"Studies show that if every household spent just $10 a week on local foods, it could generate $384.2 million annually in southeast Virginia alone and $1.65 billion statewide."

For Bev Sell, general manager of Five Points Community Farm Market in Norfolk, nutrition and sustainable agriculture go hand-in-hand with building strong neighborhoods. The Five Points Market is located on Church Street, not far from the Virginia Zoo, on the edge of the Villa Heights neighborhood.

"We started in a field in the Norview area in 2001, under a tent," says Sell. "This area has traditionally been home to blue-collar, hardworking folk, and we wanted to help provide a place where residents could find good, nutritional food while supporting the dwindling number of farmers from this region. Keep in mind, there are about 47,600 farmers in Virginia today. In 1960 we had more than 92,000 farmers. A good rule of thumb is, the farther away from our food source, the less nutritional value we receive."

Over the years the Five Points Market continued to evolve. At one time the non-profit market was located in a former laundromat on Norview Ave., and in 2006 a satellite location was established at MacArthur Center. Then, in the spring of 2008, the market moved to its current location, a 6,400-square-foot former warehouse. Its walls are lined with tables and displays of fresh meats, produce and seafood. There is even a café, where patrons can get lunch made with many of the market's offerings.

Sell is proud of the growth she has witnessed.

"Looking back at where we started, I can see a lot of progress," she says. "Unlike some farmers markets, where the farmers themselves set up stands and sell their goods, our market managers work with farms to collect, price and sell the produce. This allows the farmer to spend more time doing what they do best—growing fresh, delicious healthy food.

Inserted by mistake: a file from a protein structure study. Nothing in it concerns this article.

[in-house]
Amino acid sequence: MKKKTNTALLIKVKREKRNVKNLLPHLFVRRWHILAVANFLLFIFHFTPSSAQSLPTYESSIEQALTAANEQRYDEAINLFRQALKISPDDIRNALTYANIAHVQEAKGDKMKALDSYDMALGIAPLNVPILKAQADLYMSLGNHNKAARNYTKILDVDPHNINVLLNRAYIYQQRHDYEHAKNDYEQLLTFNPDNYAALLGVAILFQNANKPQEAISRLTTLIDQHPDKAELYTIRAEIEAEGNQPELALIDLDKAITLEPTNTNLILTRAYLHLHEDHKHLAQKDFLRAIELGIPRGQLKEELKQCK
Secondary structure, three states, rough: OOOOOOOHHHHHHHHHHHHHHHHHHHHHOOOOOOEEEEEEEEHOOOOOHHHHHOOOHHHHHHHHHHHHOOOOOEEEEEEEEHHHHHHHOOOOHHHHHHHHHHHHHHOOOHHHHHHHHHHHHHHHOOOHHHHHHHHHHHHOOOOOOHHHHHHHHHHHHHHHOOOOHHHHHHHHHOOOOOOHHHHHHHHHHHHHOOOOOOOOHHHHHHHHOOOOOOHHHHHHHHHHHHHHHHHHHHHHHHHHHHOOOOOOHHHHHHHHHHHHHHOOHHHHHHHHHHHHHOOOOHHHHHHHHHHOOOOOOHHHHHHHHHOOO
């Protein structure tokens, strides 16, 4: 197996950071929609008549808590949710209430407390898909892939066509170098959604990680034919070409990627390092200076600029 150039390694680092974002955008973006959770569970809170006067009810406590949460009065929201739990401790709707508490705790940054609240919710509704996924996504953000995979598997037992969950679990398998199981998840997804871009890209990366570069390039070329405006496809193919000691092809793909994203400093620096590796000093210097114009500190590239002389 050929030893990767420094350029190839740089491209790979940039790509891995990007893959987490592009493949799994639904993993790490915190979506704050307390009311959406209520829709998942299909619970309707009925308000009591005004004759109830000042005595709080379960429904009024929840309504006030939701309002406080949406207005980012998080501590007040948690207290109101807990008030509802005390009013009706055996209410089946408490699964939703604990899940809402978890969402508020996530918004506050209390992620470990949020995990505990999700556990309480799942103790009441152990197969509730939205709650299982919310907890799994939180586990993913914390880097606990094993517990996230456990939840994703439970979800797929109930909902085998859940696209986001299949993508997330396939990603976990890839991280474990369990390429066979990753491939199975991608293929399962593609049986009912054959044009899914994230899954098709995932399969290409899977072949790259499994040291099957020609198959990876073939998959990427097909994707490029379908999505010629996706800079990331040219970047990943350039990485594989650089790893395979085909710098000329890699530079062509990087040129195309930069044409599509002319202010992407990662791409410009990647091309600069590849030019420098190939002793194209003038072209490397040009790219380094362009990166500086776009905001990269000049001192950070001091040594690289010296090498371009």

"In 2008 we had about 29,500 customers," says Sell. "Last year we had about 34,000 customers. We are now working with nearly 50 farmers from the Eastern Shore to North Carolina. We also work with the court system, getting help from people who need to perform community service."

While most of Sell's customers shop in the warehouse, Five Points Market also operates a CSA.

"We have a 12-week program in the summer and fall for $20 per week," she says. "Our winter and spring program is $15 per week for 12 weeks."

The future for the Five Points Market includes more outreach, like the community garden its supporters established at Norview United Methodist Church.

"We want to foster more community garden projects," says Sell, "and expand our family cooking classes and demonstrations. We want to show more movies and expand our library. The people behind this market are passionate about these issues and educating our community."

As for Sell herself, she's "on a mission."

"I'm on a mission to make farming sexy," she says. "I want to get young farmers into this business, or what we'll have left to eat is going to be hoo-hah! I want people to be able to really smell and taste their food. A tomato is supposed to be smelled, not squeezed. That's how you tell a fresh, ripe tomato."

The passion for healthy food that drives Five Points Market is inspiring others to found cooperatives and establish CSAs in Hampton Roads and beyond. According to Milteer at VDACS, sustainable agriculture is no longer just a catch phrase. It's becoming the way people put food on the table.

"The buy fresh, buy local movement is certainly in vogue," she says. "Consumers want fresh produce, meats, cheeses, and any other food items that can be found nearby. Buying locally is environmentally friendly, it's getting the freshest possible product with a great taste and nutritional value, and it's keeping money close to home, thus helping the local economy. And it's supporting Virginia agriculture.

"Many grocery stores, as well as restaurants, are sourcing local products. If your favorite shopping spots aren't offering local products, let the management know you'd like to be able to buy fresh, buy local. It can make a difference." HRM



Off the Vine Market

RealFood Williamsburg Community Cooperative

Virginia Department of Agriculture and Consumer Services (VDACS)

Cullipher Farm Market

Dave and Dee's Homegrown Mushrooms

Five Points Community Farm Market

Buy Fresh Buy Local Hampton Roads